“As the second phase of developmental education reform and research matured, it became clear that discrete reforms to one dimension of the student experience were not likely to improve graduation rates.”
Efforts to rigorously evaluate these types of interventions accelerated in the past five years, due in large part to substantial investments by the Institute of Education Sciences (IES) at the U.S. Department of Education in CAPR and other research projects intended to establish evidence on effectiveness. CAPR’s random assignment study of multiple measures assessment and placement found that students placed using multiple measures were more likely to be assigned to and complete college-level courses, though gains in college-level enrollment and completion in English were larger and longer-lasting than in math . Additionally, a CAPR random assignment study of mathematics pathways interventions found positive impacts on the successful completion of college-level mathematics  and a second study found impacts on graduation rates . Other studies, however, have yielded more disappointing results from interventions implemented during the second phase of reform. For example, CAPR’s quasi-experimental analysis of Early Start, a required summer remediation program offered by the California State University system, found that students enrolled in the program earned fewer credits and were less likely to persist relative to similar peers . Other recent quasi-experimental research on transition courses in math offered in high school and technology-mediated developmental math instruction also failed to show positive outcomes [60, 61].
Third Phase of Reform and Research: Integrating Developmental Education and Comprehensive Reform
As the second phase of developmental education reform and research matured, it became clear that discrete reforms to one dimension of the student experience were not likely to improve graduation rates. Practitioners, policymakers, and researchers studying advising, instruction, financial aid, and other topics came to similar conclusions. This broader recognition ushered in the third phase of reform, in which the field has turned toward comprehensive, whole-college reforms that strategically integrate multiple interventions spanning students’ college lives . The evidence on the potential of comprehensive reforms is beginning to build but remains incomplete.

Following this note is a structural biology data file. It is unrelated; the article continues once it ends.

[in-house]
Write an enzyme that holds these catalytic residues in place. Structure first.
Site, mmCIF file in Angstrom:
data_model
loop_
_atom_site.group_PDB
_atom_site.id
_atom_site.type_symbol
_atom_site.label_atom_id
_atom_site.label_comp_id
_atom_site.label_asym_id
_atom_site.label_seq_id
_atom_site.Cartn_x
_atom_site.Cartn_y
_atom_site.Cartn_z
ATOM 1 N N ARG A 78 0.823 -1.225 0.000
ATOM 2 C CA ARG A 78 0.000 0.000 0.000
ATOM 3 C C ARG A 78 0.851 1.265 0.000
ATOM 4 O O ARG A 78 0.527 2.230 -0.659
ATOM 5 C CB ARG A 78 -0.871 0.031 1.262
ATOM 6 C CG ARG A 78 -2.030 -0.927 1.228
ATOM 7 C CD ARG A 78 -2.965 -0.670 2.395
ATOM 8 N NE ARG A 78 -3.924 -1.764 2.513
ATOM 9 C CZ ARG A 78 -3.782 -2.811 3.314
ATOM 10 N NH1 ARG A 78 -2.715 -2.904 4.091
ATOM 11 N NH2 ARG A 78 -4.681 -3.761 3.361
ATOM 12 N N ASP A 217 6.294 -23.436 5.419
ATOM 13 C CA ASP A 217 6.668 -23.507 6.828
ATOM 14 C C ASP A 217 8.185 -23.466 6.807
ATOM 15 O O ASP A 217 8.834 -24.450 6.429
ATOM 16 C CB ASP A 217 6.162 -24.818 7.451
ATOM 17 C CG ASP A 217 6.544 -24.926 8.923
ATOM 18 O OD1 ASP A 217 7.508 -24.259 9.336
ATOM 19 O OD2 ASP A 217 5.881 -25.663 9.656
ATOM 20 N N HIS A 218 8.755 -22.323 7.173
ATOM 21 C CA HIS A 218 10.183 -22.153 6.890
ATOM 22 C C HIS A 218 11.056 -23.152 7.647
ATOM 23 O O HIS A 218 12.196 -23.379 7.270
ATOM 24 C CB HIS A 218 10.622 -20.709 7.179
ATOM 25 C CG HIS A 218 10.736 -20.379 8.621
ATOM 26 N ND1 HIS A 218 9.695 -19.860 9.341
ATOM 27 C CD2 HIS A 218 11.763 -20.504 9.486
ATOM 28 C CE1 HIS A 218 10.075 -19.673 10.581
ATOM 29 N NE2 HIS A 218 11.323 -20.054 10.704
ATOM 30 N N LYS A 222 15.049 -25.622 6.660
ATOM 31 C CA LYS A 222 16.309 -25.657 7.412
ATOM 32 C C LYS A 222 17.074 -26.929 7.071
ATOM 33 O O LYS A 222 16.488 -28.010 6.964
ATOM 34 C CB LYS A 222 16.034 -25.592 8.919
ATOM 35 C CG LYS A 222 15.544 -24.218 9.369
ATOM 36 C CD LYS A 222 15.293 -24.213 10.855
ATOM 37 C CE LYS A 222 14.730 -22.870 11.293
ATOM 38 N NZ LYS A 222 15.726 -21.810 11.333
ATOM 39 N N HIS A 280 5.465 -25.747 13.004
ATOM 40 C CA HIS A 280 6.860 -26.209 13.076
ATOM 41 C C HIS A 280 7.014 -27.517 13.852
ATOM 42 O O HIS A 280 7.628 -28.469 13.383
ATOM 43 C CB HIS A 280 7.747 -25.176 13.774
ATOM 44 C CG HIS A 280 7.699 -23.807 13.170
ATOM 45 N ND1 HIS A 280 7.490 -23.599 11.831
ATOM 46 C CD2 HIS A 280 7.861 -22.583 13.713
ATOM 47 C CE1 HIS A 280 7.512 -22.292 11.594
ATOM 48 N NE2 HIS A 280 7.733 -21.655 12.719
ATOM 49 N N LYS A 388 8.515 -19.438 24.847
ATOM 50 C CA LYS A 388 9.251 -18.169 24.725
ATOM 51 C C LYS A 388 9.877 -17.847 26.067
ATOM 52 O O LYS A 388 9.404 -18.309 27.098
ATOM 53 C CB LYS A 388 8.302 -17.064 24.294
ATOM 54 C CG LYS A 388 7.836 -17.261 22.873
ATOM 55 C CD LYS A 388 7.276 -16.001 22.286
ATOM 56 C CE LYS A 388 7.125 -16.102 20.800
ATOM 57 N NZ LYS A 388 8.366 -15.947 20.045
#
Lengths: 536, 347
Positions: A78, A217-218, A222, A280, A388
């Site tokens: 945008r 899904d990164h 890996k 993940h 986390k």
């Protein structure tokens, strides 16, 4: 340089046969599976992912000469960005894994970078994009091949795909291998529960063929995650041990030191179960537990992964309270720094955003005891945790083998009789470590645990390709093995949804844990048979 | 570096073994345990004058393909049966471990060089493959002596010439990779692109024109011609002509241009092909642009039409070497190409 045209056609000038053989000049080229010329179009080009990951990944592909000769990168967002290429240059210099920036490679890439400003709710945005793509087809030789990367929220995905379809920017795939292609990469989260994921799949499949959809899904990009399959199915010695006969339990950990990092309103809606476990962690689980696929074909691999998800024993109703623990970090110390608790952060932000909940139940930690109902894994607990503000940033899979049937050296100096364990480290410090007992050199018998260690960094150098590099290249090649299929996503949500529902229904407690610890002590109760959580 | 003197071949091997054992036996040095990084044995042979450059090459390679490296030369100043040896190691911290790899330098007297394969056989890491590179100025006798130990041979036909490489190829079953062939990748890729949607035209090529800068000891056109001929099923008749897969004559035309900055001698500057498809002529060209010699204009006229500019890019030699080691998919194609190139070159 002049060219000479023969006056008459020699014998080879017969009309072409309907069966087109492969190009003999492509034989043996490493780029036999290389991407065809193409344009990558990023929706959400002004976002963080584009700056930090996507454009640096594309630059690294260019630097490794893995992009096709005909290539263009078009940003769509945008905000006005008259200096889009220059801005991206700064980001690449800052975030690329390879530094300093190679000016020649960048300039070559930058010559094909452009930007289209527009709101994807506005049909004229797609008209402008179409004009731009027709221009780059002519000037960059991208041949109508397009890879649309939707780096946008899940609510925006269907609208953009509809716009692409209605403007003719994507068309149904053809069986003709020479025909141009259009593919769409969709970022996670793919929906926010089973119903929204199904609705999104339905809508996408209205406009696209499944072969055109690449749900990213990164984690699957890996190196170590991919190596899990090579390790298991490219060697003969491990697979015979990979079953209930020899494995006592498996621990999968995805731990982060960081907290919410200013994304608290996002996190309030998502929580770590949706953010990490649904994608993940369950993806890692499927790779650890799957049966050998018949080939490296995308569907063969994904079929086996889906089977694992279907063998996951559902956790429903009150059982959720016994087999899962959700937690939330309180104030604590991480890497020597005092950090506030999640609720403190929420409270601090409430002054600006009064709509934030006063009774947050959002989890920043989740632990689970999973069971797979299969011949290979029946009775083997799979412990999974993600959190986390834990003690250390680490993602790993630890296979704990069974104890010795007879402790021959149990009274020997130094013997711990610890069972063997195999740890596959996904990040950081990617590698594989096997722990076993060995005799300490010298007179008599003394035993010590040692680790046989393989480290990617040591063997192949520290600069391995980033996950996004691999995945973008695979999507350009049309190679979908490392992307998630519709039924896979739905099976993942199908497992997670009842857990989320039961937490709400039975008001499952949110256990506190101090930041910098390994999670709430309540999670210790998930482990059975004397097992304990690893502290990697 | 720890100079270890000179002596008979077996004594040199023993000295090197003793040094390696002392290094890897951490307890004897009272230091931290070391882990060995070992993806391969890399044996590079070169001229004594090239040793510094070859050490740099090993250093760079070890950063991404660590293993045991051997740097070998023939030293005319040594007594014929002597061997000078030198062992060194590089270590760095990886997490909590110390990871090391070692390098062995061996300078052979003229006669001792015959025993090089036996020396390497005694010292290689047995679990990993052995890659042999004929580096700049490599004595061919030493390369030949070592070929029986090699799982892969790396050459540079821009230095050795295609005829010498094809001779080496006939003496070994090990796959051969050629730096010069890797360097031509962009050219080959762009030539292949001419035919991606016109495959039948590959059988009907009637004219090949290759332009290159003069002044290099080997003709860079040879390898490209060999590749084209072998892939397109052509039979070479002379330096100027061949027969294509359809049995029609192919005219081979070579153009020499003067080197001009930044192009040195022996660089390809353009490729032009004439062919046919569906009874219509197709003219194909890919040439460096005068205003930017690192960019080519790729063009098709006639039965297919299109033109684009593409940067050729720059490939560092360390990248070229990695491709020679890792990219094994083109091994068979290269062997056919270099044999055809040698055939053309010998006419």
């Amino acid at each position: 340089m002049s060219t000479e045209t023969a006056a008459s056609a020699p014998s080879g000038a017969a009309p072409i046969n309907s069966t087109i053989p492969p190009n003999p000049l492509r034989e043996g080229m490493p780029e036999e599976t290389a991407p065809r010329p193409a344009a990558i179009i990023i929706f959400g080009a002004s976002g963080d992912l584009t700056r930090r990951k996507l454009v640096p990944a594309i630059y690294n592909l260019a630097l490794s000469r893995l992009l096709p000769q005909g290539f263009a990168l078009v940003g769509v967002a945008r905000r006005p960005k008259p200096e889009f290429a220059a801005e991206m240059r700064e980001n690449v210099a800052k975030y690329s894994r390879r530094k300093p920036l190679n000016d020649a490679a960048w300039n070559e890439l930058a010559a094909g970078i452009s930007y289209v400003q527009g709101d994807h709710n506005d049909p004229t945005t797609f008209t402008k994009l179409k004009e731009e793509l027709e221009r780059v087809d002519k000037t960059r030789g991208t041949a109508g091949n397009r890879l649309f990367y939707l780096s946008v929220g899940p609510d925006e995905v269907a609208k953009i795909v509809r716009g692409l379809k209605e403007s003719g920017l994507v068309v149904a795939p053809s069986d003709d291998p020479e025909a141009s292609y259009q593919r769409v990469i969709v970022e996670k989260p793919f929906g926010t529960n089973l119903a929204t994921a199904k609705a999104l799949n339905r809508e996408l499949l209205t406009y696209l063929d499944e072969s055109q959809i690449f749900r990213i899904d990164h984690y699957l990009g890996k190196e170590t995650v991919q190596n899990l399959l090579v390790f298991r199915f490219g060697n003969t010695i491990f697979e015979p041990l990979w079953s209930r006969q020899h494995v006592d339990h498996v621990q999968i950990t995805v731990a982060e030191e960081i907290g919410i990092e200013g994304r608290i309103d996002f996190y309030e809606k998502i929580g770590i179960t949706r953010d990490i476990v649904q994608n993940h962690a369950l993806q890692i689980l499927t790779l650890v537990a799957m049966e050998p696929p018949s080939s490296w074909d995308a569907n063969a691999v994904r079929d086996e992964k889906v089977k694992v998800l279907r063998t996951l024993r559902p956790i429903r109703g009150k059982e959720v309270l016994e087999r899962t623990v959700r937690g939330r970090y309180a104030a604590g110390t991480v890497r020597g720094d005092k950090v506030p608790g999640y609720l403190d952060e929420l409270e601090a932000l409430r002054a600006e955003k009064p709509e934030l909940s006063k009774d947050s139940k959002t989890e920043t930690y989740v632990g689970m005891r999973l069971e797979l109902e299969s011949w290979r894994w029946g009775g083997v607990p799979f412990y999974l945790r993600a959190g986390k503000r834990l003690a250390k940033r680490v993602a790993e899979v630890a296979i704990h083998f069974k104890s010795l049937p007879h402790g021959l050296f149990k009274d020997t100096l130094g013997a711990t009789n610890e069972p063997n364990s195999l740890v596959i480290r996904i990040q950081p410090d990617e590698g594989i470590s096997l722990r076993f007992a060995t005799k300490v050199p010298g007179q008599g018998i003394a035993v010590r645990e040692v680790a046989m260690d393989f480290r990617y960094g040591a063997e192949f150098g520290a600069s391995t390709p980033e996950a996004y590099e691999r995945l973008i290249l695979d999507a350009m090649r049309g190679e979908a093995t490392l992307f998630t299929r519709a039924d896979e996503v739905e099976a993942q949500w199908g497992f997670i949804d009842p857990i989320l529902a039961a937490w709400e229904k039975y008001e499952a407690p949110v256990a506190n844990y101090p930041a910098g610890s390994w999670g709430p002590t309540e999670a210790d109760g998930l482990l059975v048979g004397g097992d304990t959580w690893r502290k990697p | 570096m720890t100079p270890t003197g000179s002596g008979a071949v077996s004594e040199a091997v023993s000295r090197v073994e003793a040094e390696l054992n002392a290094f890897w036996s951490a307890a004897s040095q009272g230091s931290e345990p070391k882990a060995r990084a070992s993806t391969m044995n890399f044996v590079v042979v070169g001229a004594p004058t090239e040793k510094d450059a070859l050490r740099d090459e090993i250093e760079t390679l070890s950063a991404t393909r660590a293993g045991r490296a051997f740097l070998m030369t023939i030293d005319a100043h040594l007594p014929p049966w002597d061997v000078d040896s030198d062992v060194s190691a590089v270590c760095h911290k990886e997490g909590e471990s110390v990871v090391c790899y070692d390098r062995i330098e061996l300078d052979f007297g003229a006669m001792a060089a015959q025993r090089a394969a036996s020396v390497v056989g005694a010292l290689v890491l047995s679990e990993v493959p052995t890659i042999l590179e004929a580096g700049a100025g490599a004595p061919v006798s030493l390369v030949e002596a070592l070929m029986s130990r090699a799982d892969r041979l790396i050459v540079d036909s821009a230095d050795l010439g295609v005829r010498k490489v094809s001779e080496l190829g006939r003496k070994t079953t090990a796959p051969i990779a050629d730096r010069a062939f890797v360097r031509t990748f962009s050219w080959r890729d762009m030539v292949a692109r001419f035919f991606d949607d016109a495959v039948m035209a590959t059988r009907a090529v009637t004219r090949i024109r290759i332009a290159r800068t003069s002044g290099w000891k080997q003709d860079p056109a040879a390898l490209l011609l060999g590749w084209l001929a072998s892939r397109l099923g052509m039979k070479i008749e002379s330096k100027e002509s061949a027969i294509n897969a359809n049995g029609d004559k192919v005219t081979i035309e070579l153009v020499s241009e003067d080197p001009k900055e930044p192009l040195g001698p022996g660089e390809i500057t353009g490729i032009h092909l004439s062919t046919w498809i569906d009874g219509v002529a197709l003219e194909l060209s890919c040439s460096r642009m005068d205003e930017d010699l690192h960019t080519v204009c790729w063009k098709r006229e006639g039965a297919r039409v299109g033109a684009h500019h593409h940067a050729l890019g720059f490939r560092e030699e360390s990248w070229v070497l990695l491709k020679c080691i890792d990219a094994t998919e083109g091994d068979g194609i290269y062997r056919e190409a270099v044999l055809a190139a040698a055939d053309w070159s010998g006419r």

“Where have these phases left the field? Over half of U.S. states now mandate or recommend developmental education reforms.”
Central to this work has been the development and implementation of the guided pathways framework, a process of whole-college redesign that clarifies pathways to credential completion, enhances advising services, and improves progress monitoring to ensure students stay on a pathway to success [63, 64]. Under the guided pathways model, reforms like corequisite remediation are viewed as on-ramps to well-designed and supported academic and career pathways rather than as strategies that can improve student outcomes on their own. Today, over 400 colleges nationally are implementing some form of guided pathways, and research is beginning to examine the relationship between guided pathways implementation and student outcomes . Colleges are also looking toward holistic models, like the City University of New York’s (CUNY) Accelerated Study in Associate Programs (ASAP), which incentivizes full-time enrollment while providing wraparound academic and financial support and has doubled graduation rates for participating students . Influential intermediary organizations, such as Complete College America and Achieving the Dream, now provide blueprints for implementing these types of comprehensive reforms, arguing that doing so will produce larger effects on students’ academic trajectories.
Where have these phases left the field? Over half of U.S. states now mandate or recommend developmental education reforms. Numerous states have reduced the number of developmental courses that colleges can offer [67–69], and some states have eliminated the requirement for developmental education altogether [70, 71]. The enthusiasm for this work is encouraging; however, the rapid pace of reform means that practitioners and policymakers are often changing practices in the absence of evidence on their effectiveness, or are only offering reformed approaches at a small scale . At the same time, colleges are seeking guidance about the best approaches to reduce gaps by race and other student characteristics.
Originally funded in 2014 as a five-year IES center, CAPR has contributed to rigorous evidence on the effectiveness of multiple measures placement and math pathways in improving student success. With additional grants, CAPR is continuing to research effective developmental reforms with a specific focus on what works for which student populations, the policies and practices that support effective implementation at scale, and strategies to improve equitable outcomes.
This summary was compiled by Elizabeth Zachry Rutschow, Nikki Edgecombe, and Susan Bickerstaff.